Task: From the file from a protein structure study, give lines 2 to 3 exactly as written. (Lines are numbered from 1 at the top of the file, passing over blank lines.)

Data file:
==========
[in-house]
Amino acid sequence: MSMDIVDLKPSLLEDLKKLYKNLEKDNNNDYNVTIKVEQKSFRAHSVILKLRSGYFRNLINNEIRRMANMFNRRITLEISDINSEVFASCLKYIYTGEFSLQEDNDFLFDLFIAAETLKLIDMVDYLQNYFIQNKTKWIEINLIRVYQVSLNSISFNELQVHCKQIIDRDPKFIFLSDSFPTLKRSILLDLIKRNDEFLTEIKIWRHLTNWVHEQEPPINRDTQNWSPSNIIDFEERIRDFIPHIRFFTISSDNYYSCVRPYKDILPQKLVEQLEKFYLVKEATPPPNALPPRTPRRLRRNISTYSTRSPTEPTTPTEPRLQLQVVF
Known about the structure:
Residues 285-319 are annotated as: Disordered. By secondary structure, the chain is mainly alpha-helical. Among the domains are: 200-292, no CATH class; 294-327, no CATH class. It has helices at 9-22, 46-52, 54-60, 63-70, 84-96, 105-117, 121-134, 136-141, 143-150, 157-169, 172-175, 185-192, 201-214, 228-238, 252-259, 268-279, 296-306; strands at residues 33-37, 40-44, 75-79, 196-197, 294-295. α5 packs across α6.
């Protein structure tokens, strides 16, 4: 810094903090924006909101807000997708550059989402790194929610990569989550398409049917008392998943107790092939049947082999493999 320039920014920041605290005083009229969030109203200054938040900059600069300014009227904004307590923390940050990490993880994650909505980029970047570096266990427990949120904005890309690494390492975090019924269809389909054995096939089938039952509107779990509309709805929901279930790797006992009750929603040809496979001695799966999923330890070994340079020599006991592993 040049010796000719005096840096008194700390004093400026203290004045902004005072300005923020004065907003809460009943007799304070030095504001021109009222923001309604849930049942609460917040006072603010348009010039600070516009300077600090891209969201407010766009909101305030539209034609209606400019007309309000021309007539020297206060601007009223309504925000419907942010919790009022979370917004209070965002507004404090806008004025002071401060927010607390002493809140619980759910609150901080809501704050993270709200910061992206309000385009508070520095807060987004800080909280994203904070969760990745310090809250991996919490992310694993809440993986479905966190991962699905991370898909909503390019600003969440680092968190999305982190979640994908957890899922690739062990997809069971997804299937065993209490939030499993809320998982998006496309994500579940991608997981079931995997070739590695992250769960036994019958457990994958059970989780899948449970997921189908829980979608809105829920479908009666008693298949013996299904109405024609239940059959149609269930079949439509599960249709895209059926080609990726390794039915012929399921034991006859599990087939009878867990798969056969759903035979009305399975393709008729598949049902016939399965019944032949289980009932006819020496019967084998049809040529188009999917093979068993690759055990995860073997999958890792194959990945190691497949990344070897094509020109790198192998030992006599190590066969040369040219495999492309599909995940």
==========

Amino acid sequence: MSMDIVDLKPSLLEDLKKLYKNLEKDNNNDYNVTIKVEQKSFRAHSVILKLRSGYFRNLINNEIRRMANMFNRRITLEISDINSEVFASCLKYIYTGEFSLQEDNDFLFDLFIAAETLKLIDMVDYLQNYFIQNKTKWIEINLIRVYQVSLNSISFNELQVHCKQIIDRDPKFIFLSDSFPTLKRSILLDLIKRNDEFLTEIKIWRHLTNWVHEQEPPINRDTQNWSPSNIIDFEERIRDFIPHIRFFTISSDNYYSCVRPYKDILPQKLVEQLEKFYLVKEATPPPNALPPRTPRRLRRNISTYSTRSPTEPTTPTEPRLQLQVVF
Known about the structure: